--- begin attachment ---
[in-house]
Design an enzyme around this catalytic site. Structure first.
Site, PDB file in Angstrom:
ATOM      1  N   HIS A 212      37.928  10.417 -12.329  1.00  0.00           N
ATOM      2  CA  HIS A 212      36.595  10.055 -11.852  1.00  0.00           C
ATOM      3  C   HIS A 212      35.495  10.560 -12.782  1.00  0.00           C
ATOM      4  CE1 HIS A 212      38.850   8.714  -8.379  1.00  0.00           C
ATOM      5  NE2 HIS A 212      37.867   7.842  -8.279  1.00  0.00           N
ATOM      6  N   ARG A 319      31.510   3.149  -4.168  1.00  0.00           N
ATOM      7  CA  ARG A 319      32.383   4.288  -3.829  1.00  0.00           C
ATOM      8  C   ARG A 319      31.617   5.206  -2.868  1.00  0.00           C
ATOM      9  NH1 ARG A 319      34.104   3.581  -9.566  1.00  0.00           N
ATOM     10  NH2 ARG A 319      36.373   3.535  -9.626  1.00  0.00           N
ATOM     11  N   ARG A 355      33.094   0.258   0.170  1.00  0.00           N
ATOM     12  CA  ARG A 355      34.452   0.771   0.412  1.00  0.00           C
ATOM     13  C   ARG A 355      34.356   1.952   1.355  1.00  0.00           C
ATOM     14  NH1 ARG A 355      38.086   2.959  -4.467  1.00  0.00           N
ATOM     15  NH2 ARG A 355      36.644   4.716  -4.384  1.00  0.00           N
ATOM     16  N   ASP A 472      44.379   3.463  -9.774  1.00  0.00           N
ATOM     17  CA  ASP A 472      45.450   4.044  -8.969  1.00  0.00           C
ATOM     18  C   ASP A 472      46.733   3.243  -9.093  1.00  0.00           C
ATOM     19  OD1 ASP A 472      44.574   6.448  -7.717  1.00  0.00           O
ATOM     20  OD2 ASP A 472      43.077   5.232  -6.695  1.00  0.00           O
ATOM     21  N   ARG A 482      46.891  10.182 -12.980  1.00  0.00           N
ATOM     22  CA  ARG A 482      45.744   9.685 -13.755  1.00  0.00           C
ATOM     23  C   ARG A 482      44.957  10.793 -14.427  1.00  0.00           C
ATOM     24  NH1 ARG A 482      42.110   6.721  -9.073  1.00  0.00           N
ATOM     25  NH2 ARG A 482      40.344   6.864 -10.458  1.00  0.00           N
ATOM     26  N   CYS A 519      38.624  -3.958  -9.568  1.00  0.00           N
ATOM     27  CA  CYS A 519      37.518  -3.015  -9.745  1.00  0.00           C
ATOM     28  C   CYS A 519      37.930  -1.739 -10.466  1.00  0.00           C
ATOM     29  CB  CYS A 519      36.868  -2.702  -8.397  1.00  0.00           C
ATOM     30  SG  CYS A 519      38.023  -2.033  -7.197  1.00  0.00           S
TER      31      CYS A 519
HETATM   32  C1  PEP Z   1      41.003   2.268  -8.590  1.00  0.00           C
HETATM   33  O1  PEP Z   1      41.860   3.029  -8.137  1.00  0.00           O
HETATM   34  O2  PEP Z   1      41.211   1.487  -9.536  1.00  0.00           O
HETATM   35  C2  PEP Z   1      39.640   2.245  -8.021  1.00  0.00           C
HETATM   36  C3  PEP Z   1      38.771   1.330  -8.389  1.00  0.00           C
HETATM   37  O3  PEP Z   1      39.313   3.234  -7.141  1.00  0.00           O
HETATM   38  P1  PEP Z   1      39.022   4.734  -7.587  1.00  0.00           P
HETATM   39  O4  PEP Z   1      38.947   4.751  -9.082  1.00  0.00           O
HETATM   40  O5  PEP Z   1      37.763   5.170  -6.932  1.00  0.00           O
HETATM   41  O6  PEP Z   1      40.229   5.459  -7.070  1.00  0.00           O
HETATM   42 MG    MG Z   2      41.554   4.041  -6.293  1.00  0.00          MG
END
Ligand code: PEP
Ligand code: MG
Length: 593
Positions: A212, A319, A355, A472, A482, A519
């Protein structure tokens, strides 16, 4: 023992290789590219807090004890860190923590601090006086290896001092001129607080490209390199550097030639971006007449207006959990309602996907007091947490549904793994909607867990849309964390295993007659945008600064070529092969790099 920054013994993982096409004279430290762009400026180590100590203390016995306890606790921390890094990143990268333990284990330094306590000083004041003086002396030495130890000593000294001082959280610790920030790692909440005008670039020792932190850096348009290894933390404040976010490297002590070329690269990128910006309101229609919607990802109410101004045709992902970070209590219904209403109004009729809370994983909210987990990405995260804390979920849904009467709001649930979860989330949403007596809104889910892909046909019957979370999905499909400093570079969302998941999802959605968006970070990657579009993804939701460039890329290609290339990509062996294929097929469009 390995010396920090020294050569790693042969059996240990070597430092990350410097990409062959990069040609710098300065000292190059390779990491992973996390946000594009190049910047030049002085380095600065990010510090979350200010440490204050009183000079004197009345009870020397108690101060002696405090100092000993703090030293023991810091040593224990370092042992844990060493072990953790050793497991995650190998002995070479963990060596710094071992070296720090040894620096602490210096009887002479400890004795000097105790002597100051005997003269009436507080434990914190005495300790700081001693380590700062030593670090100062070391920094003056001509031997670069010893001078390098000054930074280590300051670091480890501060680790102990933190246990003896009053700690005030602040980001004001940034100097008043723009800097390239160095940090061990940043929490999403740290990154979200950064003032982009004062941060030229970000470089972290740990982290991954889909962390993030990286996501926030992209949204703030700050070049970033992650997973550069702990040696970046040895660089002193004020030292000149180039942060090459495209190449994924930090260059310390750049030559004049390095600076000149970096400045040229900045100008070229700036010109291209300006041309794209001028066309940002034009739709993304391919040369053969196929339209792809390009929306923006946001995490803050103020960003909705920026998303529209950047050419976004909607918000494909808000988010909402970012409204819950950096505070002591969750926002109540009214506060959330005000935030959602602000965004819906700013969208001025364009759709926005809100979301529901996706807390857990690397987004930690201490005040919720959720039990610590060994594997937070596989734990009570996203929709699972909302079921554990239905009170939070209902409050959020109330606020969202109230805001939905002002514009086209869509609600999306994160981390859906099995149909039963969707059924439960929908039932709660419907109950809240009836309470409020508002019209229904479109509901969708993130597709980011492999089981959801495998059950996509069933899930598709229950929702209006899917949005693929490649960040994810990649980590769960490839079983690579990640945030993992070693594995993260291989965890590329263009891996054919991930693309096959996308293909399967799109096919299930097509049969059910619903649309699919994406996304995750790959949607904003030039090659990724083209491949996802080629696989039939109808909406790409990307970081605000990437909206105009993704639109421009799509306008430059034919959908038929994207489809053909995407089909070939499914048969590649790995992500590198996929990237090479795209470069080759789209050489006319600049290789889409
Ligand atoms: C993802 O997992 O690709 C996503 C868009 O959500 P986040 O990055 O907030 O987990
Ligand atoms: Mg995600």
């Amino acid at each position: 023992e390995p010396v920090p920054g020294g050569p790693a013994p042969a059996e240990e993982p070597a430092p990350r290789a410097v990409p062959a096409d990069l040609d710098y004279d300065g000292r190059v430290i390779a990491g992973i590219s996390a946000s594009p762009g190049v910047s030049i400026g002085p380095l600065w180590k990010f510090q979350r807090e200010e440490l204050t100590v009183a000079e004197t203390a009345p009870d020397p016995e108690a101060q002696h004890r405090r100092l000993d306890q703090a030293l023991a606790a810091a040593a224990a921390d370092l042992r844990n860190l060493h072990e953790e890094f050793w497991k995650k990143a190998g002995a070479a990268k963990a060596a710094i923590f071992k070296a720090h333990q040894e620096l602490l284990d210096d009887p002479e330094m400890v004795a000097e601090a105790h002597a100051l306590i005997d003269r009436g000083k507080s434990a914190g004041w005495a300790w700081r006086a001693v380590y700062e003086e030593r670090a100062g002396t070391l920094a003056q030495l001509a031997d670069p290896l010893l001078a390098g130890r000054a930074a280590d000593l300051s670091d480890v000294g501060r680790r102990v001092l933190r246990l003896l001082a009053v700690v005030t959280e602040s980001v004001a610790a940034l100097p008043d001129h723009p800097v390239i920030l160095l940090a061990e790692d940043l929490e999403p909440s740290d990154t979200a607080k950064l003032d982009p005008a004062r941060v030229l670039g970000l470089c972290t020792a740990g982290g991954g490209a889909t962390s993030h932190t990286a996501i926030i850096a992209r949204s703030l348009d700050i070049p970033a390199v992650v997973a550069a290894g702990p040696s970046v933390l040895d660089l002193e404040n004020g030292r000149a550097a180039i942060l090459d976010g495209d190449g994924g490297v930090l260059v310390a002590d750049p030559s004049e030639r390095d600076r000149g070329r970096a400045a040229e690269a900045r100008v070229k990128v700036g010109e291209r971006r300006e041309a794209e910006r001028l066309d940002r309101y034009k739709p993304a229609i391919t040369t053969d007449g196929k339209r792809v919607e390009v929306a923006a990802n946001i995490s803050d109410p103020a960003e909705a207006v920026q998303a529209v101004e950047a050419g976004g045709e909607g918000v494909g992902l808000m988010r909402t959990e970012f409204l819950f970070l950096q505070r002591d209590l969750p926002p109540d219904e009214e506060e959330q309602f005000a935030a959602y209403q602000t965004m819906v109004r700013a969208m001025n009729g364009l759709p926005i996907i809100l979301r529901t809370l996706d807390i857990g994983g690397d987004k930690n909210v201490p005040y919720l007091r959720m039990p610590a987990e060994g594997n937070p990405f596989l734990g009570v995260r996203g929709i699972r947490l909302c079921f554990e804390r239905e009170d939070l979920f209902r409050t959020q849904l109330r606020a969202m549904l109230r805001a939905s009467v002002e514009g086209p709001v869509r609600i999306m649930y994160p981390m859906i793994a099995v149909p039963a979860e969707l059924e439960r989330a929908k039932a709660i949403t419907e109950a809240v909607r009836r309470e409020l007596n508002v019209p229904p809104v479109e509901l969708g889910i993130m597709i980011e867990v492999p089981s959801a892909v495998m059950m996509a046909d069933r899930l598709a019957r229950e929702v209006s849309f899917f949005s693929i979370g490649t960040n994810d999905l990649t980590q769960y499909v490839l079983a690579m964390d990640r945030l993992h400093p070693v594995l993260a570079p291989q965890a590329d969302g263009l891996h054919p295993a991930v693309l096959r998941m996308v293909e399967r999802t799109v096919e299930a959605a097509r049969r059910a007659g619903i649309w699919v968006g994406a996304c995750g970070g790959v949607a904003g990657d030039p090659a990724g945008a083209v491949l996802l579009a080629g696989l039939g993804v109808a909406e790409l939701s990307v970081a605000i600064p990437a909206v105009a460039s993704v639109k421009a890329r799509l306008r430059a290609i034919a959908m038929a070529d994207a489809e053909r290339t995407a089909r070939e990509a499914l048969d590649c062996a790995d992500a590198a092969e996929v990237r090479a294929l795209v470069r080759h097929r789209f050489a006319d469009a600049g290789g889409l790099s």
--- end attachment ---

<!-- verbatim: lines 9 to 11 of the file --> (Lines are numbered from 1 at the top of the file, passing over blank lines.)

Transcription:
ATOM      6  N   ARG A 319      31.510   3.149  -4.168  1.00  0.00           N
ATOM      7  CA  ARG A 319      32.383   4.288  -3.829  1.00  0.00           C
ATOM      8  C   ARG A 319      31.617   5.206  -2.868  1.00  0.00           C